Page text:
Current findings suggest that dual use of e-cigarette/vaping and smoking products may be associated with ARI. However, further investigation of this potential relationship should take into account the type of e-cigarette/vaping product used as well as the duration and frequency of use. The ePHA provides a rich source of data related to e-cigarette/vaping product use that can be merged with other data sources to monitor health impacts over time. Studies adjusting for factors not considered here, such as race/ethnicity group and education are warranted. Gaining a better understanding of the risks associated with e-cigarette use/vaping is important for ensuring both the short- and long-term health of ACSMs. Such an understanding would promote military readiness, especially given that e-cigarette/vaping product users tend to be younger with potentially long military careers ahead of them.

Author Affiliations: Armed Forces Health Surveillance Division, Silver Spring, MD (CDR Clausen, Dr. Stahlman, Dr. Ziadeh); Department of Preventive Medicine and Biostatistics, Uniformed Services University of the Health Sciences, Bethesda, MD (LCDR Sanou).

Acknowledgements:  The authors would like to thank Ms. Zheng Hu, data analyst, at the Armed Forces Health Surveillance Division.

Disclaimer: The contents, views or opinions expressed in this publication or presentation are those of the author(s) and do not necessarily reflect official policy or position of Uniformed Services University of the Health Sciences, the Department of Defense (DoD), or Departments of the Army, Navy, or Air Force. Mention of trade names, commercial products, or organizations does not imply endorsement by the U.S. Government.

REFERENCES

1. Armed Forces Health Surveillance Branch. Absolute and relative morbidity burdens attributable to various illnesses and injuries, active component, U.S. Armed Forces, 2018. MSMR. 26(5):2–10.

2. Armed Forces Health Surveillance Branch. Absolute and relative morbidity burdens attributable to various illnesses and injuries, active component, U.S. Armed Forces, 2017. MSMR. 25(5):2–9.

3. Armed Forces Health Surveillance Center. Absolute and relative morbidity burdens attributable to various illnesses and injuries, active component, U.S. Armed Forces, 2015. MSMR. 23(4):2–6.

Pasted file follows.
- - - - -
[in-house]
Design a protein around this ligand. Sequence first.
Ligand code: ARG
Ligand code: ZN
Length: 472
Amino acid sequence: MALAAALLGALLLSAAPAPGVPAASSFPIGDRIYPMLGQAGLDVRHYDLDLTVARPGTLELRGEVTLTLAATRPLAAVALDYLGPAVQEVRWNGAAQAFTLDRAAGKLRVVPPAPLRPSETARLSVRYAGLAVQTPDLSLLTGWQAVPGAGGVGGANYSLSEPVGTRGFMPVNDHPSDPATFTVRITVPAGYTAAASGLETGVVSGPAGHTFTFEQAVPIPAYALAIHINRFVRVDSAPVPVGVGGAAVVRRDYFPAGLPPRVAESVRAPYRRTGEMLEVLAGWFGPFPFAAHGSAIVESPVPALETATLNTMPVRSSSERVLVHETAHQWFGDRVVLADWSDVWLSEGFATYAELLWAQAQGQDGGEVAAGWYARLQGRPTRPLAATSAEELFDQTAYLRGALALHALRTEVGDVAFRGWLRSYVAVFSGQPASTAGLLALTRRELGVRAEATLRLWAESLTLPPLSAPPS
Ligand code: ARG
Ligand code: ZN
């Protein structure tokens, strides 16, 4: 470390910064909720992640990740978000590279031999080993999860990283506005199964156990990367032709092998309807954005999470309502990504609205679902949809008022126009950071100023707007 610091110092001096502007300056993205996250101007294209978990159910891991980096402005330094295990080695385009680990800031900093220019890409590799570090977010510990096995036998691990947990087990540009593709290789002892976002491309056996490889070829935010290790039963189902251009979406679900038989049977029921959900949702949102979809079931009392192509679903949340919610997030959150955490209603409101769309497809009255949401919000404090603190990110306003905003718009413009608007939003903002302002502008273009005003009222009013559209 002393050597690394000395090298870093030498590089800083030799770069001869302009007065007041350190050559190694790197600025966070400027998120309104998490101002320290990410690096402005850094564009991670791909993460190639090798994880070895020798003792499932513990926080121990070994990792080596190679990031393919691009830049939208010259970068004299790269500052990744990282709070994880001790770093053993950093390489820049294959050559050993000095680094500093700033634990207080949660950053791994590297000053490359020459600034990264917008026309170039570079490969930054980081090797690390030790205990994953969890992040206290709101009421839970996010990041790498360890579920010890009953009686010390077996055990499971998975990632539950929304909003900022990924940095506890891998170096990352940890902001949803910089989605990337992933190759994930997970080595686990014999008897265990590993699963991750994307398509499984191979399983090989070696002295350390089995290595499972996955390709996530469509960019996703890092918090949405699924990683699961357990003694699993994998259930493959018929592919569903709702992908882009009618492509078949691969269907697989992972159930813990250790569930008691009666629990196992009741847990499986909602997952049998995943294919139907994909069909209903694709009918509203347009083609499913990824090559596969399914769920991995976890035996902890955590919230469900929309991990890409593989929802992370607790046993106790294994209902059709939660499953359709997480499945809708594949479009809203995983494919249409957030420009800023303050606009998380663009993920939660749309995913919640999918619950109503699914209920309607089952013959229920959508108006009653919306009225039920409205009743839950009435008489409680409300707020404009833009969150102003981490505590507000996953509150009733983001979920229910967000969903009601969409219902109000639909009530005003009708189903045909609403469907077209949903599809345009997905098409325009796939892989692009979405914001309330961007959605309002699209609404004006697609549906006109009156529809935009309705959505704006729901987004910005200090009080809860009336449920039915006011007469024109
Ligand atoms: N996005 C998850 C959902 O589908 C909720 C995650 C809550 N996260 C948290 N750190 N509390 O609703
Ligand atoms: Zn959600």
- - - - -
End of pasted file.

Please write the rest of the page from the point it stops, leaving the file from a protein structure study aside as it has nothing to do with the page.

4. Armed Forces Health Surveillance Center. Absolute and relative morbidity burdens attributable to various illnesses and injuries, active component, U.S. Armed Forces, 2013. MSMR. 21(4):2–7.

5. Armed Forces Health Surveillance Center. Absolute and relative morbidity burdens attributable to various illnesses and injuries, active component, U.S. Armed Forces, 2012. MSMR. 20(4):5–10.

6. Sanchez JL, Cooper MJ, Myers CA, et al. Respiratory infections in the U.S. military: Recent experience and control. Clin Microbiol Rev. 2015;28(3):743–800.

7. Centers for Disease Control and Prevention. Smoking and Tobacco Use. Health Effects. https://www.cdc.gov/tobacco/basic_information/health_effects/. Accessed 15 January 2020.

8. Vanker A, Gie RP, Zar HG. The association between environmental tobacco smoke exposure and childhood respiratory disease: a review. Expert Rev Respir Med. 2017;11(8):661–673.

9. Feldman C, Anderson, R. Cigarette smoking and mechanisms of susceptibility to infections of the respiratory tract and other organ systems. J Infect. 2013; 67(3):169–184.

10. Hsieh SJ, Zhuo H, Bennowitz NL et al. Prevalence and impact of active and passive cigarette smoking in acute respiratory distress syndrome. Crit Care Med. 2014;42(9):2058–2068.

11. Arcavi L, Benowitz NL. Cigarette smoking and infection. Arch Intern Med. 2004;164(20):2206–2216

12. Dai H, Leventhal AM. Prevalence of e-cigarette use among adults in the United States, 2014–2018. JAMA. 2019; 322(18):1824–1827.

13. Soneji S, Barrington-Trimis JL, Wills TA, et al. Association between initial use of e-cigarettes and subsequent cigarette smoking among adolescents and young adults: A systematic review and metaanalysis. JAMA Pediatr. 2017;171(8):788–797.

14. Gilpin DF, McGown KA, Gallagher K, et al. Electronic cigarette vapour increases virulence and inflammatory potential of respiratory pathogens. Respir Res. 2019;20(1):267.

15. Yu V, Rahimy M, Korrapati A, et al. Electronic cigarettes induce DNA strand breaks and cell death independently of nicotine in cell lines. Oral Oncol. 2016 (2):58–65.

16. Wu Q, Jiang D, Minor M. et al. Electronic cigarette liquid increases inflammation and virus infection in primary human airway epithelial cells PLoS One. 2014;9(9):e108342.

17. Hewitt, R, Farne H, Ritchie A, et al The role of viral infections in exacerbations of chronic obstructive pulmonary disease and asthma. Ther Adv Respir Dis. 2016;10(2)158–174.

18. Kim V and Criner GJ. Chronic bronchitis and chronic obstructive pulmonary disease. Am J Respir Crit Care Med. 2013;187(3):228–237.

19. Juhn YJ. Risks for infection in patients with asthma (or other atopic conditions): is asthma more than a chronic airway disease? J Allergy Clin Immunol. 2014;134(2):247–257.

20. Gentzke AS, Creamer M. Vital signs: Tobacco product use among middle and high school students – United States 2011–2018. MMWR Morbid Mortal Wkly Rep. 68(6);157–164.

21. Kong, G, Kuguru, KE, Krishnan-Sarin S. Gender differences in U.S. adolescent e-cigarette use Curr Addict Rep. 2017;4(4):422–430.

22. Bertakis KD, Azari R, Helms LJ, Callahan EJ, and Robbins JA. Gender differences in the utilization of health care services. J Fam Pract. 2000;249(2):147.

 TABLE 1. ICD-9 and ICD-10 diagnostic codes used to identify cases of ARI

TABLE 2. Demographic and military characteristics of active component service members who completed an ePHA in 2018, by exposure category

TABLE 3. Incident cases and incidence rates of ARI in the 9 months following ePHA, by exposure category, by demographic and military characteristics, active component, U.S. Armed Forces, 2018–2019

TABLE 4. Adjusted incidence rate ratios (AIRR) of ARI in 9 months following ePHA, by exposure group, active component, U.S. Armed Forces, 2018–2019